However, the indentation hardness in a residual stress-free state of the weldment may influence the indentation depth due to behavior of the material (pile-up or sink-in of the material) which may be formed around an indentation mark by residual stress, so that the indentation hardness cannot be directly measured in the field. Thus, to solve the above-mentioned limitation, first, it is assumed that strength is not influenced by residual stress within a rigid plastic region regardless of residual stress (Q1, Q2), and, thereafter, the stress-free reference curve of the weldment is estimated using Equation 24 and the theory expressing that the ratio of the indentation hardness HIT to the strength σIT is constant. Furthermore, the above-mentioned theory can be verified from the following theses, and FIG. 14 shows that only the yield strength σIT,YS is influenced by residual stress. (see FIG. 14)

1. Bart Goes, Javier Gil-Sevillano, Urbain D'Haene, Int. J. Mech. Sci. 41 (1999)

2. J. G. Swadener, B. Taljat, G. M. Pharr; J. Mater. Res. Vol. 16, No. 7 (2001)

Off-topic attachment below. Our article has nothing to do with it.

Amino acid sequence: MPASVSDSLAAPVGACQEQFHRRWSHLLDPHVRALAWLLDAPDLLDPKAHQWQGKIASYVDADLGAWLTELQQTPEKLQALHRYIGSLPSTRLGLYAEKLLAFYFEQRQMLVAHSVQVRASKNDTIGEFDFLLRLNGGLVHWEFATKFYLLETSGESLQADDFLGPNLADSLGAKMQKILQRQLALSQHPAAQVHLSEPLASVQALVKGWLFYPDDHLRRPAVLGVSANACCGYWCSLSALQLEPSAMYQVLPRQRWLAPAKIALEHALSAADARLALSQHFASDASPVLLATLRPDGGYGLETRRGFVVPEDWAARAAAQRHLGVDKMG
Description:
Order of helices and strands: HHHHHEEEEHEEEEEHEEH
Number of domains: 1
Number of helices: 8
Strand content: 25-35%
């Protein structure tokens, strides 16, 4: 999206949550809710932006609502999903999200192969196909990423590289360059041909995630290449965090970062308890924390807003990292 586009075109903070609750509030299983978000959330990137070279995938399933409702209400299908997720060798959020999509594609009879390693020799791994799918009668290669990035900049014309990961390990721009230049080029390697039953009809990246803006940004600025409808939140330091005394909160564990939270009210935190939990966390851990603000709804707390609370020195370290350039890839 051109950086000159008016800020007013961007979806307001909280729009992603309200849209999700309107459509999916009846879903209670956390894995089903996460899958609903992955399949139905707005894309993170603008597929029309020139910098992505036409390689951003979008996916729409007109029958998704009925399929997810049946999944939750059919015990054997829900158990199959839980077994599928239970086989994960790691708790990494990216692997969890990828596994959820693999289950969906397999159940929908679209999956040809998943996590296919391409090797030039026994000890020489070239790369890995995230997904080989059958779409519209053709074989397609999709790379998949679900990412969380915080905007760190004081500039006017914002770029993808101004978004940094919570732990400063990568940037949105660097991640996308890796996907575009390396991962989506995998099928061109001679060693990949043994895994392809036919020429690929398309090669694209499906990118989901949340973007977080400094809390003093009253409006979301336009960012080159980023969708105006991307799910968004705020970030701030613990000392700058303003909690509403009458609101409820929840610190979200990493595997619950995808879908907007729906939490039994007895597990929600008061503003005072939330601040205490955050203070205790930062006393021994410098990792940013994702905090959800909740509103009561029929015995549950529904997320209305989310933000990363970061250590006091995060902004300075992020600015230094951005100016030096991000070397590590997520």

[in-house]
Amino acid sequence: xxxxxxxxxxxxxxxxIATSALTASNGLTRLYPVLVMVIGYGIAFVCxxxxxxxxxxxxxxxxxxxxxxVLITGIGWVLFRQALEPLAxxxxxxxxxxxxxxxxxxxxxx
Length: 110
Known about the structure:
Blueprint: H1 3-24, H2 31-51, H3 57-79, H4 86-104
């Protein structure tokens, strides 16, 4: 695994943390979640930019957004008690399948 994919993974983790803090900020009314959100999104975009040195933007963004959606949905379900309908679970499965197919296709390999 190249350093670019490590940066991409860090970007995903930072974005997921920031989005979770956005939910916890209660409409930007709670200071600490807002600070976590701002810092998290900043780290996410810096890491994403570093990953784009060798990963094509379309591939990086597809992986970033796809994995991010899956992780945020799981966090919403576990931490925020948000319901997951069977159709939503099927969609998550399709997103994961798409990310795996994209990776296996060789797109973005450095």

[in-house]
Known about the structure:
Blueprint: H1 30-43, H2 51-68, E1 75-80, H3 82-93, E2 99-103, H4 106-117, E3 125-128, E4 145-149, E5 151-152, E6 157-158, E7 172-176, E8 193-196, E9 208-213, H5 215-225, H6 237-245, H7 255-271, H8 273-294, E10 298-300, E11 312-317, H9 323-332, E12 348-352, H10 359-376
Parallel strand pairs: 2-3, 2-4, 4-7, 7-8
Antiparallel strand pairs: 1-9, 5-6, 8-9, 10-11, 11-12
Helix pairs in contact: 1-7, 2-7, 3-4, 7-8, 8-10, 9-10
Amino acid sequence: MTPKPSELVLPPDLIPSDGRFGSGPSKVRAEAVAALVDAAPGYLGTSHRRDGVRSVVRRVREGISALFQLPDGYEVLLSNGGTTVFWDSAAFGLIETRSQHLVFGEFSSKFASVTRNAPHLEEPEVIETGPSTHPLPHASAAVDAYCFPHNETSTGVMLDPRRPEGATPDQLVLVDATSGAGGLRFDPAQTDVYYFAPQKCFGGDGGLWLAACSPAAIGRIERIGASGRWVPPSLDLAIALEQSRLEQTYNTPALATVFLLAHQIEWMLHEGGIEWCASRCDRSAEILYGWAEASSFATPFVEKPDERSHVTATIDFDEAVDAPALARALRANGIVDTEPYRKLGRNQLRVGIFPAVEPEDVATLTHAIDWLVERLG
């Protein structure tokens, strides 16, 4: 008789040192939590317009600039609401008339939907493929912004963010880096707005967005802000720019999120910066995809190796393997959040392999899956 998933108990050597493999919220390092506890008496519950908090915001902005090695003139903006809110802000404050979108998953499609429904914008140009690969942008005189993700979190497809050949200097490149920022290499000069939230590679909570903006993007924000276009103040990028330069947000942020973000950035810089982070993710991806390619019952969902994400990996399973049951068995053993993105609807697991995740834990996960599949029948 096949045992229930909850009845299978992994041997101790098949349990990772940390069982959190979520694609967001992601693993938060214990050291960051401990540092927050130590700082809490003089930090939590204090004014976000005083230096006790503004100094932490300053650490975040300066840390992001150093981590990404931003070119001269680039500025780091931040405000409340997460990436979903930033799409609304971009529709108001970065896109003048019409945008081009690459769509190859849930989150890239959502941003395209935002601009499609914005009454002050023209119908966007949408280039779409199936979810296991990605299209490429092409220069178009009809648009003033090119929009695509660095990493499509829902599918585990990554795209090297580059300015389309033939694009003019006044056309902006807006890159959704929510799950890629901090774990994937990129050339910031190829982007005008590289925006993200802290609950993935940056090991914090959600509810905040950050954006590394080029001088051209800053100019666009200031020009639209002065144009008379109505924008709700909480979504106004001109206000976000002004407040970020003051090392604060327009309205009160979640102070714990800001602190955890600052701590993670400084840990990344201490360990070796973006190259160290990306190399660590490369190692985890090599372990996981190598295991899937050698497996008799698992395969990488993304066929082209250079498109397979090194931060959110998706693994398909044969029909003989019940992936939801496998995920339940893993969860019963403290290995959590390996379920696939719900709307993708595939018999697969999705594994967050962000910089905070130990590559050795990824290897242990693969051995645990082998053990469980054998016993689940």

To obtain ko w based on the above-mentioned theory, the concept of strength, which is proportional to indentation hardness, HIT, is used. The relationship between indentation hardness and strength is studied and verified using conventional equations, HV=3*σIT,UTS and HB=3*σIT,YS. However, it is noted that the proportional constants C of a variety of material do not have the same value, but have slightly deviating values. This is because, if a material having a predetermined indentation hardness HIT is largely deformed within a range from a yield point to a maximum tensile strength point, or if the material has a large strain hardening range, it does not sufficiently account for the strength of the material using either the yield strength or the tensile strength. Thus, the concept of an average strength σIT,f of the yield strength σIT,YS and the tensile strength σIT,UTS, which can account for the two strengths, prevails. Furthermore, using a theory that the modulus of strain corresponding to a shearing strain occurring around the tip during a Vickers indentation test has a constant value 0.08, a strength σIT,r corresponding to the constant modulus of strain is calculated. Thereafter, it is estimated that the ratio of calculated strength to hardness is constant, and verification of the estimation is executed (see FIG. 15). In other words, a verification test is executed using the one among variously defined strengths that has the smallest deviation in proportional constant relative to indentation hardness.